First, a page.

The front office represents the customer-facing roles of a company — sales, customer service, field marketing, and advisory service experts. Those teams are responsible for increasing demand, increasing revenue, marketing, and after-sales services. For example, in an investment bank, the front-office departments consist of sales, investment banking, private equity, equity research trading, and wealth management.
In hospitals, the work in the front office may vary by size of the workforce and the facility. Generally, it includes a reception desk to welcome and greet visitors and patients as they come in, registration services, information on where to go and the services available, and/or security staff where necessary.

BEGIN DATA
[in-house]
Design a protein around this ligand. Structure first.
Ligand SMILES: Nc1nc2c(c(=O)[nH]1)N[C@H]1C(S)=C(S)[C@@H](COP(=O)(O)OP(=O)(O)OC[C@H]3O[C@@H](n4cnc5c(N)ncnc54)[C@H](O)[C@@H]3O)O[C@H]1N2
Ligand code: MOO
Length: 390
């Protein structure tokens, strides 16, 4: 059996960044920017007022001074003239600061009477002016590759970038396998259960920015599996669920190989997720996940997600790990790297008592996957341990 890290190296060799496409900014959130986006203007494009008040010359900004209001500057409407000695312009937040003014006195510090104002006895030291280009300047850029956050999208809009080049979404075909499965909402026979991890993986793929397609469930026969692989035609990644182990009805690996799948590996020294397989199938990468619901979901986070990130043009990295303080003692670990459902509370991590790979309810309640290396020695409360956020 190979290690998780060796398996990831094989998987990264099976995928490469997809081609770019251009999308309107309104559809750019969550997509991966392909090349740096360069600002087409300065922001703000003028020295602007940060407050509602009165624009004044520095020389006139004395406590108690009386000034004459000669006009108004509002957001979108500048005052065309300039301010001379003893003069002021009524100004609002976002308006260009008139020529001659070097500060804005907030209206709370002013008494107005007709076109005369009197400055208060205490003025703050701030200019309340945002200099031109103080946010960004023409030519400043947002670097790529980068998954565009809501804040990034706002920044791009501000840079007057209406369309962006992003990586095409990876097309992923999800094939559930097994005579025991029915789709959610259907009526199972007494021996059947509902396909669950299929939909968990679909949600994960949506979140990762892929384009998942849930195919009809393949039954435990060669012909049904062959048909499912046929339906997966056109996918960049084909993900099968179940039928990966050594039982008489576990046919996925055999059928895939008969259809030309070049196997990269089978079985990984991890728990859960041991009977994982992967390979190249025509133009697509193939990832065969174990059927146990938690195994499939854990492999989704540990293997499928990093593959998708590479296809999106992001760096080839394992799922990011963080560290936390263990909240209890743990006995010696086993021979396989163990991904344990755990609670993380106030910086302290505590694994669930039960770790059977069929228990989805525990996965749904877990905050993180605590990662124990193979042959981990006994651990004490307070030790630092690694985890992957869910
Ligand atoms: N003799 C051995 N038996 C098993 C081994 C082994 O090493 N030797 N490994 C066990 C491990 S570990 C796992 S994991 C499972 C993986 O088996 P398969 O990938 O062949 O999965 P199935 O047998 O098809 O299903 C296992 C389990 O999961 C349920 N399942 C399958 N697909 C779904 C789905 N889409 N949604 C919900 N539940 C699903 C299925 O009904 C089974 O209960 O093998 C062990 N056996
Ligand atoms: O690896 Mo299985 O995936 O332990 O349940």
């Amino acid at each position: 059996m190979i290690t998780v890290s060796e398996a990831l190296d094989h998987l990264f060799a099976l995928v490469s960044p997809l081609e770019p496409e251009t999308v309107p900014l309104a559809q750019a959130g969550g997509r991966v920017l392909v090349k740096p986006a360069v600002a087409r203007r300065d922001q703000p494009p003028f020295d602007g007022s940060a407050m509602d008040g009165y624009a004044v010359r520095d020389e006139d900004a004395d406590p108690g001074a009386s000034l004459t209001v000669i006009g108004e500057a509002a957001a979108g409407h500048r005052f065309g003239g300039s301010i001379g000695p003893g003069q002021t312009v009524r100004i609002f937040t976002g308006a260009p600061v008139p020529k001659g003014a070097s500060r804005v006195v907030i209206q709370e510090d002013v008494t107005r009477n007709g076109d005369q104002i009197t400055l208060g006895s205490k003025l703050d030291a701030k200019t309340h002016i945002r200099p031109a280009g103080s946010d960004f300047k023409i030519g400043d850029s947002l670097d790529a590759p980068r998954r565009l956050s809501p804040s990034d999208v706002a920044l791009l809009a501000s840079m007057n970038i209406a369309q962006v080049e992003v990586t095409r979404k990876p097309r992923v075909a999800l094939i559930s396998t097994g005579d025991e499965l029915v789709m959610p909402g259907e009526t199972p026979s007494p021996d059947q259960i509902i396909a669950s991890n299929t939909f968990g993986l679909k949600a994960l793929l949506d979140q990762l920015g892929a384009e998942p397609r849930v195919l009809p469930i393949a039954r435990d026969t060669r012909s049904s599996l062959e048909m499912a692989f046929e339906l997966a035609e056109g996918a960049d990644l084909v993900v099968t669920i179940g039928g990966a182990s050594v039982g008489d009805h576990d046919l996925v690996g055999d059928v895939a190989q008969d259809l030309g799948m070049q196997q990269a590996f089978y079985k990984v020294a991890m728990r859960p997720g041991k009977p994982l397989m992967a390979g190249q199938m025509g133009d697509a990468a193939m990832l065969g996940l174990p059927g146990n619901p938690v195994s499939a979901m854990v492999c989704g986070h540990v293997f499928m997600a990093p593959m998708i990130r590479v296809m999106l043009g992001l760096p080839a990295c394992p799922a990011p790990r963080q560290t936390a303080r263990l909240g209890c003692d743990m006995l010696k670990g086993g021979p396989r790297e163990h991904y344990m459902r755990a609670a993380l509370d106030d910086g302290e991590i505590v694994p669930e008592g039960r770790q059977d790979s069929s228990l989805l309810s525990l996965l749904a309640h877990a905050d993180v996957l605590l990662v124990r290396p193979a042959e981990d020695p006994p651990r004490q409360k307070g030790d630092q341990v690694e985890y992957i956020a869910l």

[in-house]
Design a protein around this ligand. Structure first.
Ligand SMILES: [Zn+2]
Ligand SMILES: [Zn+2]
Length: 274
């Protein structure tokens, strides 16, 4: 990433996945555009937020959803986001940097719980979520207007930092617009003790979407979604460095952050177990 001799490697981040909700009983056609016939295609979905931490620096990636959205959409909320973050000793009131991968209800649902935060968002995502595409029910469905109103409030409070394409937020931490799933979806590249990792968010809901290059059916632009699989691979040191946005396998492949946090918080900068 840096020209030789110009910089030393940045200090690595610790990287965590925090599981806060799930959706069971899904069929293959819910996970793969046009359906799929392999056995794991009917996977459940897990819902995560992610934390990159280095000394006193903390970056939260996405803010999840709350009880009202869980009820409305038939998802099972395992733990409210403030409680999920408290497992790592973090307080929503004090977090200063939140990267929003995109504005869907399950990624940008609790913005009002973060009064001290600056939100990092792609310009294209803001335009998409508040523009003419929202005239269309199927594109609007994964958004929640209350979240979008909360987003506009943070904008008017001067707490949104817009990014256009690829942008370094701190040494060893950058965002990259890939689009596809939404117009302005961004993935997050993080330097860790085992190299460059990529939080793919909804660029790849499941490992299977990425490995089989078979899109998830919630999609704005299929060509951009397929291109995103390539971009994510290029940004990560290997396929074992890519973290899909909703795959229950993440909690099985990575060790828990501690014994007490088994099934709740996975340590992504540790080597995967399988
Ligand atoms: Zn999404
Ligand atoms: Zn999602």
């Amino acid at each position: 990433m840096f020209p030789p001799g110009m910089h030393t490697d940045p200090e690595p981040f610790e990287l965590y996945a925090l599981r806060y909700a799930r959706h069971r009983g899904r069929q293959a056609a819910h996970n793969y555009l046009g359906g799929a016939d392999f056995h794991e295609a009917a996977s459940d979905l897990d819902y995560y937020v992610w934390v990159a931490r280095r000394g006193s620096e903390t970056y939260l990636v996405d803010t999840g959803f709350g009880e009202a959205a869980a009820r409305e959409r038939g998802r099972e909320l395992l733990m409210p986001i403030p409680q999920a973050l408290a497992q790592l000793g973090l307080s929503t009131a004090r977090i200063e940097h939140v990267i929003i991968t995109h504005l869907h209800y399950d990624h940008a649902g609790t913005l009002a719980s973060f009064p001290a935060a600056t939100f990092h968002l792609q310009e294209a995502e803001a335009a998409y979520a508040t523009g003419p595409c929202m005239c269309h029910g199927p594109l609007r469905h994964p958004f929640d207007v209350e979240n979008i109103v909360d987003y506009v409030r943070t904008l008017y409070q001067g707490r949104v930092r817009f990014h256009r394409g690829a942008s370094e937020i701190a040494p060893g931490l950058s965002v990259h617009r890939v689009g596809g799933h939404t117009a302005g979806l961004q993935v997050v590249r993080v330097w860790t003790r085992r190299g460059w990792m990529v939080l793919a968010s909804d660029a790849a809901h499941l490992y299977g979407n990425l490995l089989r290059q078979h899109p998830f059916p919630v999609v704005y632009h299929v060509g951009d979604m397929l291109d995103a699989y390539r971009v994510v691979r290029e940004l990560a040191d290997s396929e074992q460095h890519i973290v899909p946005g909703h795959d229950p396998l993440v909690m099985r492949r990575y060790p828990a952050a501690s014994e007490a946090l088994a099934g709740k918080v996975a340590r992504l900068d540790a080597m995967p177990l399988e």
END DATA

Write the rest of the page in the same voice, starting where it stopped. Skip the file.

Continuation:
The hospitality industry’s front office acts as a communication liaison to all other departments, such as sales and marketing, controller, beverage, banquet, housekeeping, human resources, maintenance, and security.
Each department is uniquely linked with the front-office team in providing guest services. For example, the sales and marketing department in a hotel relies on the front office for data on each guest, such as their contact information, frequency of visits, reservations, special needs, and other guest histories. This helps them deliver targeted marketing messages, develop promotions and campaigns, and select appropriate advertising media to reach their clientele.
On the other hand, banquet managers rely on the front office to get information about requests for service at seminars, banquets, meetings, and the like. Housekeeping staff also communicate with the front office on the availability of rooms, housekeeping status, and so on.
The front office operates autonomously but relies on the back office for support in the form of secretarial, accounting, human resources, and internet technology functions.